In Veritas We Trust?

Has Harvard lost its founding virtue?

Kathryn C. Ryan



There are many adjectives that could be used to define Harvard, but if asked to pick just two that sum it up, history and excellence would likely be popular choices.  After all, Harvard is the oldest college in the United States and legacy admissions mean that from day one, students are surrounded by stories of parents meeting at Harvard, grandparents rowing crew or writing for the Crimson, and so many more bits and pieces of the fabric of individual lives that make up the greater Harvard quilt. The adjective “excellence” is also pretty self-explanatory. Arguably the best and always among the top schools in the world, Harvard’s reputation is one of academic excellence, career excellence post-Harvard, and excellence in extracurricular activities, whether pursued simply for leisure or to change the world.

However, there is a greater word that connects history and excellence, and likely encompasses most other adjectives that one could find to describe Harvard. That word is veritas. Engraved on our gates, our statues, and even our waffles, Harvard’s motto, fittingly, provides an overarching description for the college. Students and faculty are supposed to achieve excellence through the pursuit of greater truth.  Our research is done to reveal previously unknown truth. Our classes are taken to help increase our knowledge base and hone our personal perception of truth. Our extracurriculars enhance that perception of truth by expanding our minds. Finally, our careers hopefully help to further global truth or at least promote truth in the fields in which we work.

Nevertheless, it’s our history that has a more important tie to veritas. Because we hear the stories of so many Harvard alumni, whether they are family, friends, or colleagues, it becomes clear that our legacies at Harvard last well beyond four years. Our words and actions have permanence in that they are the building blocks of Harvard history for the generations to come. For this reason, the truth in our actions and in our words holds much more importance than it might otherwise.

In light of this, the lack of truth recently prevalent at Harvard is even more distressing. The Gov 1310 scandal seems to have caused a crisis of veritas at Harvard, which includes Dean Evelynn M. Hammonds’ failure to “recollect” a second search of resident deans’ emails. Where does this leave us? Though the Gov 1310 scandal is greater in magnitude than most academic dishonesty at Harvard, cheating is unfortunately a fact of life at any school. However, the Administrative Board exists to keep this at a minimum. There is no doubt that the magnitude of cheating in Gov 1310 posed a significant challenge to the system, which made it all the more important that the Ad Board and administrators acted in an efficient, truthful, and fair manner.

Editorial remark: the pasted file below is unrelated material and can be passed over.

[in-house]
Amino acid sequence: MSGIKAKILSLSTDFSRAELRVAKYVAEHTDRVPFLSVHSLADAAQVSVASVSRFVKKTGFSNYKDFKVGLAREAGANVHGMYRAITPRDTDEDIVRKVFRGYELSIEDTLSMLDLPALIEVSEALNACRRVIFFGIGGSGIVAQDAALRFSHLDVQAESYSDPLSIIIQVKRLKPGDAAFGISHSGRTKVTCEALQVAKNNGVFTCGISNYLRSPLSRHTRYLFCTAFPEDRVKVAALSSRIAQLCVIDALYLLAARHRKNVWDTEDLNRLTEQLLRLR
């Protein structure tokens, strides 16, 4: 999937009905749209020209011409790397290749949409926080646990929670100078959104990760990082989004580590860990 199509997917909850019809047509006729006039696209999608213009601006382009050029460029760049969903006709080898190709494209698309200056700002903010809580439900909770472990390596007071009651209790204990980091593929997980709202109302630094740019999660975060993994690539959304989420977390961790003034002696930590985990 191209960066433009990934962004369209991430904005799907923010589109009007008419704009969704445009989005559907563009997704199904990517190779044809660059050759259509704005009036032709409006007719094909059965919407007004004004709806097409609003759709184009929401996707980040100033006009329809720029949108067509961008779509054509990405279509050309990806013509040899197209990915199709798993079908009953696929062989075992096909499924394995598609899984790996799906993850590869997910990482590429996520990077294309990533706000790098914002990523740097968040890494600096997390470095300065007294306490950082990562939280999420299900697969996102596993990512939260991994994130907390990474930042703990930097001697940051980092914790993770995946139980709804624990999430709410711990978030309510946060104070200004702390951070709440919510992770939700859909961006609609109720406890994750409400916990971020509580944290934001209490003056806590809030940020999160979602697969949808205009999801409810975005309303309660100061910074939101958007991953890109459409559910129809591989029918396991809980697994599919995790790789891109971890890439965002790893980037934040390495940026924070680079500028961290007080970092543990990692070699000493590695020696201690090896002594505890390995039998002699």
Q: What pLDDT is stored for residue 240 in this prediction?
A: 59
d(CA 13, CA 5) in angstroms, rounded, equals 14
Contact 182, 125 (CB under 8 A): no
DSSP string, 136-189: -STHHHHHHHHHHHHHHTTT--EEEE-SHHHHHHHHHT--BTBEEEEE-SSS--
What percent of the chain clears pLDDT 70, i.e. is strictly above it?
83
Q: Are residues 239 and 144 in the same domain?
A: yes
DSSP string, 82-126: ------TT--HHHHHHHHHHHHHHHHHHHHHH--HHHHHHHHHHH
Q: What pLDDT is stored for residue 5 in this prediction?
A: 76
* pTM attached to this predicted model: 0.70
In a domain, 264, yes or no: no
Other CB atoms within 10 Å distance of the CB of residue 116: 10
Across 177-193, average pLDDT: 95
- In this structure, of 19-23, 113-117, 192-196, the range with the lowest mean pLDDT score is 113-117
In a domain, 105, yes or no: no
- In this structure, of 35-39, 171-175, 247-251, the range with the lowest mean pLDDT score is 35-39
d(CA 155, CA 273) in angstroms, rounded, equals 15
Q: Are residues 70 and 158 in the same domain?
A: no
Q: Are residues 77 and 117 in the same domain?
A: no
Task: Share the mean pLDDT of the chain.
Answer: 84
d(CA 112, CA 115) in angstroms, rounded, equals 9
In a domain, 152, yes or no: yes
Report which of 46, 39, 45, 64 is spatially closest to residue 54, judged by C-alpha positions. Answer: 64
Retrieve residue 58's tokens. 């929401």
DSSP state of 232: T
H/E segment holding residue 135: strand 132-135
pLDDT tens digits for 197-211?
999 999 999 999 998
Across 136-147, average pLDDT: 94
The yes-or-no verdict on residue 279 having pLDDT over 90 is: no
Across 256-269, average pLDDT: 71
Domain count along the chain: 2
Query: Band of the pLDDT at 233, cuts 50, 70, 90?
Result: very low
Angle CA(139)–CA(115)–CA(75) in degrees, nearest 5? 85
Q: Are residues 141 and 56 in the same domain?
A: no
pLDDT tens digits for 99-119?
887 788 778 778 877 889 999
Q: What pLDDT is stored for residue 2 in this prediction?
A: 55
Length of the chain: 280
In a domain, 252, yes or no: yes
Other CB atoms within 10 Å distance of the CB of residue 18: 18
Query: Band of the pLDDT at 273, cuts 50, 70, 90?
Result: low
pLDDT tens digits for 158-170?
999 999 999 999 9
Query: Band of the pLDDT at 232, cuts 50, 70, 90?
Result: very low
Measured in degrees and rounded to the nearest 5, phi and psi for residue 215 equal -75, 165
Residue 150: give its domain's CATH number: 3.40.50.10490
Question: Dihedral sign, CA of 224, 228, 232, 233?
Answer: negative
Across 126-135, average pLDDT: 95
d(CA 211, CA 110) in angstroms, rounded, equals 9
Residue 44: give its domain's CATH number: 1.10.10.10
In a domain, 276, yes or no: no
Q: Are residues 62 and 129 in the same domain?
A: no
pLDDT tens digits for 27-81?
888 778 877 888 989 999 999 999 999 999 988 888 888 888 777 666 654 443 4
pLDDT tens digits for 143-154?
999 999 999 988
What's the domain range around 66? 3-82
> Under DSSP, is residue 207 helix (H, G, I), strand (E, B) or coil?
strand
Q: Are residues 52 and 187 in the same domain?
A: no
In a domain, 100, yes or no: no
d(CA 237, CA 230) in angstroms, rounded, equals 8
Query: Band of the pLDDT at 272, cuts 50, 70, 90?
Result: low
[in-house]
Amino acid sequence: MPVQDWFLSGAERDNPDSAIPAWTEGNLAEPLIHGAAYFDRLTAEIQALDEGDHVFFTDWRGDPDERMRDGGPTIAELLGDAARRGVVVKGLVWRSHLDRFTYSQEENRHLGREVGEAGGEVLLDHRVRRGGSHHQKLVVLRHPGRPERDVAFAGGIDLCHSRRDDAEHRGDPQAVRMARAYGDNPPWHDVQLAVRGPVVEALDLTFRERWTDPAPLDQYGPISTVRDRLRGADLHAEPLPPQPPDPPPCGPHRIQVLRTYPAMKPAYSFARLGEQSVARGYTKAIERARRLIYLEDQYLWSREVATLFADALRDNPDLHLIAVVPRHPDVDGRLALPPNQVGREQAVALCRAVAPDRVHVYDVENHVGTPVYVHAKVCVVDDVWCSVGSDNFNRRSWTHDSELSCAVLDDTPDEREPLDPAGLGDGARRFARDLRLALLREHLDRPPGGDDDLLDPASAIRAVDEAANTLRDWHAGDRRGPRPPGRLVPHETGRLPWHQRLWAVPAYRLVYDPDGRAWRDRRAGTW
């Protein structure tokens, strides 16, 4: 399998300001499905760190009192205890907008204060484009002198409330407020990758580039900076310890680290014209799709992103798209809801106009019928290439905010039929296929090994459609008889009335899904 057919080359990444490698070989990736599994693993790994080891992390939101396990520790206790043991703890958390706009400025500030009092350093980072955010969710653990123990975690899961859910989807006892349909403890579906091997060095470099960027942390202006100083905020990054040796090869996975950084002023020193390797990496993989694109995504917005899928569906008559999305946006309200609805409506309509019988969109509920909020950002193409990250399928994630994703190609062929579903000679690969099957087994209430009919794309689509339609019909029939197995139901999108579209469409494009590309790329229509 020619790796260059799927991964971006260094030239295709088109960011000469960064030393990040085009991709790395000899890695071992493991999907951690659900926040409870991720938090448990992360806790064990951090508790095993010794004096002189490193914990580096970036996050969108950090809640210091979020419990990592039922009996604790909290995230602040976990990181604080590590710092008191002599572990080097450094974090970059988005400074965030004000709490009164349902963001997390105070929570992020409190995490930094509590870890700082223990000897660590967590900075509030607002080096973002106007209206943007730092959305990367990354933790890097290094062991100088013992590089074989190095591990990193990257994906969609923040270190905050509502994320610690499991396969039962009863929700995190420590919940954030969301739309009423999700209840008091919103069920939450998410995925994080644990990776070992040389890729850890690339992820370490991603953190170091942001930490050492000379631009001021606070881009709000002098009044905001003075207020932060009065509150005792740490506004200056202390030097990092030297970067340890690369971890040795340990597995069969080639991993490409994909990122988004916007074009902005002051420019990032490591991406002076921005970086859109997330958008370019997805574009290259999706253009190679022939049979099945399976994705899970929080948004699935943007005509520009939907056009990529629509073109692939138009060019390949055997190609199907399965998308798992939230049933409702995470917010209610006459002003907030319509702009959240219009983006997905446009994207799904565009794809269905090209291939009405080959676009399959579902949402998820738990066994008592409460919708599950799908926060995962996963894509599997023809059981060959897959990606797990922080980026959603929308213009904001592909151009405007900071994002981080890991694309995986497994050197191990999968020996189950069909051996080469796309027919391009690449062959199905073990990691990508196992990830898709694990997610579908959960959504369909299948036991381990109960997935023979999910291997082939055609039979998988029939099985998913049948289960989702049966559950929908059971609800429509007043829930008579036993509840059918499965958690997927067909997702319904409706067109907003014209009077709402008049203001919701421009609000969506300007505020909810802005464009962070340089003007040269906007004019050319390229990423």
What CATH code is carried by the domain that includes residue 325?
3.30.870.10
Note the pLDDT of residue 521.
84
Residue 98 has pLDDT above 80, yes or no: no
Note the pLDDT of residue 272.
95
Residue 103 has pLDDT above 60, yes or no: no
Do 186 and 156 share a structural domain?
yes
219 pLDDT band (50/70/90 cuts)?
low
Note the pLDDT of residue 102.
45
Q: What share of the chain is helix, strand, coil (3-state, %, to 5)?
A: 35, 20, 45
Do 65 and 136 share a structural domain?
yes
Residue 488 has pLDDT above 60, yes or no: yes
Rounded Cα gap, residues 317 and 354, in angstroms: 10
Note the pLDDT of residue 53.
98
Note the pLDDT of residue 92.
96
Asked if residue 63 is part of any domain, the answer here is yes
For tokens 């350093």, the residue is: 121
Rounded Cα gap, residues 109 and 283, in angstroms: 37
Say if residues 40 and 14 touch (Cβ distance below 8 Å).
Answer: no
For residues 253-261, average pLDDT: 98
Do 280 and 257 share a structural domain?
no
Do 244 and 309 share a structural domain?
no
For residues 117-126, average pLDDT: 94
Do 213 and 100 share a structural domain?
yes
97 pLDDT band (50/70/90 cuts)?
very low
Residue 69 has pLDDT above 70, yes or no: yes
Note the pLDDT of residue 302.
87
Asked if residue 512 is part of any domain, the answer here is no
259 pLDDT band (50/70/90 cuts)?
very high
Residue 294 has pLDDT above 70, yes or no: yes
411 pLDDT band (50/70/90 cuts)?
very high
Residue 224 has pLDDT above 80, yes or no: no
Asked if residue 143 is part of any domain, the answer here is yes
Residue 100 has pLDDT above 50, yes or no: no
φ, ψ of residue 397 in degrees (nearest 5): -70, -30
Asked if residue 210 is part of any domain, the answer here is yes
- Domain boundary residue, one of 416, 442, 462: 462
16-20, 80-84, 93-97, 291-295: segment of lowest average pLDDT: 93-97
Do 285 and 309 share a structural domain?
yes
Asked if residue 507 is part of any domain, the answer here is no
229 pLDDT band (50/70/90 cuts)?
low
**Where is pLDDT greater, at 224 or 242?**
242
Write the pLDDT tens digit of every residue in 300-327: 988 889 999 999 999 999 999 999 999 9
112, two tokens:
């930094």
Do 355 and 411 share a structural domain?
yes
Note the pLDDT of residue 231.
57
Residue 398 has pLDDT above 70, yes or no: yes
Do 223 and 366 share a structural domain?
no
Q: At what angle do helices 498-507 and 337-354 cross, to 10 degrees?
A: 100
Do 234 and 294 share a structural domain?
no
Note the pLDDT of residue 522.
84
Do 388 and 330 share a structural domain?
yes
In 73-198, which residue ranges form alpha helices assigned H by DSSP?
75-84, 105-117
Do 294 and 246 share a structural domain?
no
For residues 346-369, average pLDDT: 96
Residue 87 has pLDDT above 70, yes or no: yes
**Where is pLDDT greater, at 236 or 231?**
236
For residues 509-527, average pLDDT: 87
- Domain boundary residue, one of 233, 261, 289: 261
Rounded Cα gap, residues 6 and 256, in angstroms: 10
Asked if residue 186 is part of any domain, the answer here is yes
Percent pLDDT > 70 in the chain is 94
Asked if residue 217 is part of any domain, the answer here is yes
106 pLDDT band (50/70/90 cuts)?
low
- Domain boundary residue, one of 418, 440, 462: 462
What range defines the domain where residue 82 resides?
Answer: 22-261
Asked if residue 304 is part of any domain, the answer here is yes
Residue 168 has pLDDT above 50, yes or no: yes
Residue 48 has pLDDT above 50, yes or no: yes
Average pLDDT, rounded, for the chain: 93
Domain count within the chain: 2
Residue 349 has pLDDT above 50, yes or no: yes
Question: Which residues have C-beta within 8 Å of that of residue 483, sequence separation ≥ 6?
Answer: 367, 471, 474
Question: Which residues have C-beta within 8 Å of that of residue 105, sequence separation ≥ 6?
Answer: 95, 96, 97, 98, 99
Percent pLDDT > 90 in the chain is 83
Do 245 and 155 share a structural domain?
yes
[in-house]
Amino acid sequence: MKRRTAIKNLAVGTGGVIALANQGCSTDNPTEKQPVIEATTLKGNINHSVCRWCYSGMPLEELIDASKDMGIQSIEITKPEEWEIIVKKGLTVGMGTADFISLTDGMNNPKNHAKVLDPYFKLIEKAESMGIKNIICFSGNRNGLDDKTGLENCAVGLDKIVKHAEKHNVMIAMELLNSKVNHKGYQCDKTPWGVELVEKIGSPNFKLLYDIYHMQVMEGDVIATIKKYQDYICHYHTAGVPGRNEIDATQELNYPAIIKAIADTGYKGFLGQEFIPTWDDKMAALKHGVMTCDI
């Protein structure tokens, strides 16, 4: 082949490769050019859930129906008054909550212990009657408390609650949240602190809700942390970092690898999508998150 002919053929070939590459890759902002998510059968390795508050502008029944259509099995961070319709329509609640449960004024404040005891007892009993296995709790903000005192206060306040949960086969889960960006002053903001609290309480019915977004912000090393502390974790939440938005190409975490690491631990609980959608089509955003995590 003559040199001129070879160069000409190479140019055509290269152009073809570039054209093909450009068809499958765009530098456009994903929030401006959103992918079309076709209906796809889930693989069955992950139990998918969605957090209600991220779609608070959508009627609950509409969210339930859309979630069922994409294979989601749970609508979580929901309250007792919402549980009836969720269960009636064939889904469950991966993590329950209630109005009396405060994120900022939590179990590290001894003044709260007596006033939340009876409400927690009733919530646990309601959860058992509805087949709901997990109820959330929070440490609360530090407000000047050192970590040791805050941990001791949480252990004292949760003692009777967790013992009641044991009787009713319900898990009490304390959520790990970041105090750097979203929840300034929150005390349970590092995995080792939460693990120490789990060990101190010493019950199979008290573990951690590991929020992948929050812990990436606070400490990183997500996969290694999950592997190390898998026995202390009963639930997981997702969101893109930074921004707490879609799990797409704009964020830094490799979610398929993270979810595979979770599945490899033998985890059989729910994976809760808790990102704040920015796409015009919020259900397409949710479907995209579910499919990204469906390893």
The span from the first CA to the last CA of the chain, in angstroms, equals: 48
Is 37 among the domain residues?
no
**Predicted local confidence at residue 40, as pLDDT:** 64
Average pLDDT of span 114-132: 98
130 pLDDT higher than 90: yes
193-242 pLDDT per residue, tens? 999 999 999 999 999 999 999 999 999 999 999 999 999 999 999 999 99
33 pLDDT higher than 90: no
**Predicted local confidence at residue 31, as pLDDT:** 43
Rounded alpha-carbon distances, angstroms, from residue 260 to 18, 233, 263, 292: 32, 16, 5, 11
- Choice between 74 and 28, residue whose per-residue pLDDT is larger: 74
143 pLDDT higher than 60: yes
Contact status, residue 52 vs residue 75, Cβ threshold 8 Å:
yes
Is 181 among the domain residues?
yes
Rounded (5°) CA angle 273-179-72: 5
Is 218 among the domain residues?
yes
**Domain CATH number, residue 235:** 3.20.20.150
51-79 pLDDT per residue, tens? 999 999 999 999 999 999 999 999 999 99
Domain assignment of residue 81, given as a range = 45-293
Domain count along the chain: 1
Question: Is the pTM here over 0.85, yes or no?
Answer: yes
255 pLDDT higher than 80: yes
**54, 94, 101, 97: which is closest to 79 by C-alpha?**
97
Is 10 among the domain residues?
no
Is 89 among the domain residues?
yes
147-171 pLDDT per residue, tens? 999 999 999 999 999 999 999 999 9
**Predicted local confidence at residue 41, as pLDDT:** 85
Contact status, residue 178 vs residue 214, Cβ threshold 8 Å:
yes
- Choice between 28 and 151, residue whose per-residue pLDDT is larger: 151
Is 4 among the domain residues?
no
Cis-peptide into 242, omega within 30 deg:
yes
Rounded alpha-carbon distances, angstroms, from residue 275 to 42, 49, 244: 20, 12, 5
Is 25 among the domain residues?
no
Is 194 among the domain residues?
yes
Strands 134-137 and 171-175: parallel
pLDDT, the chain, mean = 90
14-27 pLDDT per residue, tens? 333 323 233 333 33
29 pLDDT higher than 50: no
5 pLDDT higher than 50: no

Instead, the opposite occurred. The Ad Board process for students involved in the scandal was lengthy, obscure and unduly stressful. Even after the Ad Board’s hearings came to a messy conclusion, the administration’s lack of respect for the truth grew clear. The first round of secret searches of resident dean’s emails ordered by Hammonds, though plausibly in line with policy  because she notified Dean of the Faculty of Arts and Sciences Michael D. Smith, still breached the trust of the faculty. When exposed, Hammonds neglected to disclose the additional searches, and then, when their occurrence became public, claimed she didn’t remember ordering them.  This again significantly violated the trust of the faculty and of the greater Harvard population.

Last year, had I received an email saying that Harvard may have searched emails to find out about river run activities, I would laughed and shaken my head at the conspiracy theories of my fellow students. This year, I wondered seriously if that rumor—thoroughly denied by the administration—could be true. I, a fairly average student by my own evaluation, seriously questioned whether the administration was checking my emails to find out about illegal parties. Where does this end? The events of the last year have proceeded to shatter the trust, which was once shared by the students, faculty, and administrators that make up the Harvard community, and it needs to stop.

Without truth Harvard fails to be Harvard. Harvard is built upon veritas. In abandoning this virtue, we not only have left our engravings meaningless, but have also caused the gates and buildings on which the engravings exist to crumble. We are part of a university that has existed for 376 years.  Through the pursuit of truth by thousands who have gone before us, it has risen to be the institution we currently enjoy. Now we are at a turning point. Will it be on our watch that the pursuit of truth that has driven Harvard for centuries slips away? Or will we be the Harvard generation that found our pursuit of truth significantly challenged, but rose as a community to proclaim that we do believe in veritas? Dean Hammonds, this is your choice. Harvard administrators, this is your choice. Faculty, this is your choice. And most importantly, students, this is our school and our choice. So what’s it going to be?

Tessa A.C. Wiegand ’15 is an engineering sciences concentrator in Mather House. Her column appears on alternate Mondays.